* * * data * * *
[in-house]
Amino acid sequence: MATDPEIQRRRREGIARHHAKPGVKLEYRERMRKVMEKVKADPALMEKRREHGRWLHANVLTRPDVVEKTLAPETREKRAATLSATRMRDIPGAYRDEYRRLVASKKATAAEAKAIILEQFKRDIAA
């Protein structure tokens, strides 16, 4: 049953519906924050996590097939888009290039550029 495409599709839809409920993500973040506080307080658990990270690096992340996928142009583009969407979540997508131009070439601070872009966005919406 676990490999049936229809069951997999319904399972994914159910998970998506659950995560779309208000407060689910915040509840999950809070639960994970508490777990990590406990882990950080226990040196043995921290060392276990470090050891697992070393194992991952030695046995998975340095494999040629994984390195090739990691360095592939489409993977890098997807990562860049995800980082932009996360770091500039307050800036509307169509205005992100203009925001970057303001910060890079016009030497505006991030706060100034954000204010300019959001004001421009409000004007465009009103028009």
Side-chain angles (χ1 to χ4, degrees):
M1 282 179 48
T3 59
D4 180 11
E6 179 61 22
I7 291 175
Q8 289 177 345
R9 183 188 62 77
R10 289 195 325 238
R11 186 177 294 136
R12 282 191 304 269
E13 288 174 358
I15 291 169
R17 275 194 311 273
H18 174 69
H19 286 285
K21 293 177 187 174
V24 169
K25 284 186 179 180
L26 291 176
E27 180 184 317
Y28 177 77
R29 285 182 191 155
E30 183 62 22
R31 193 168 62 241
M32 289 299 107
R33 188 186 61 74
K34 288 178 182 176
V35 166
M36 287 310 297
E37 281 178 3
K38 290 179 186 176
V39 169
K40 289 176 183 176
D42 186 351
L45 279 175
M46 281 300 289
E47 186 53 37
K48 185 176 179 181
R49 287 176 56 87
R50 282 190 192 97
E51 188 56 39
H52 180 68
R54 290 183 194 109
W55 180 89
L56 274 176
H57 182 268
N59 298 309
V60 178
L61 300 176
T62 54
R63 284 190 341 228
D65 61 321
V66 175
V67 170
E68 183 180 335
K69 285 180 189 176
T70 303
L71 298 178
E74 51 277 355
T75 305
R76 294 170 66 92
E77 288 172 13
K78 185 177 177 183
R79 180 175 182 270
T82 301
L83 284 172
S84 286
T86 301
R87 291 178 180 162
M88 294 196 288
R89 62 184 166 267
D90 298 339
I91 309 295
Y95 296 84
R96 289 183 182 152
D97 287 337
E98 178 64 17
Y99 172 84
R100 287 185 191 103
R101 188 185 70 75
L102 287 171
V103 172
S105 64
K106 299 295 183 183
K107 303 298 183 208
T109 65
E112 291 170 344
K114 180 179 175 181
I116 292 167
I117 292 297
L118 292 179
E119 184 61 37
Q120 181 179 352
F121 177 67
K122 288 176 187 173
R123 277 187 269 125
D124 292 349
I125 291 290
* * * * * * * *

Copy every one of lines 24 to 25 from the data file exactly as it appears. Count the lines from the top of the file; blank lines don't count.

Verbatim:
E27 180 184 317
Y28 177 77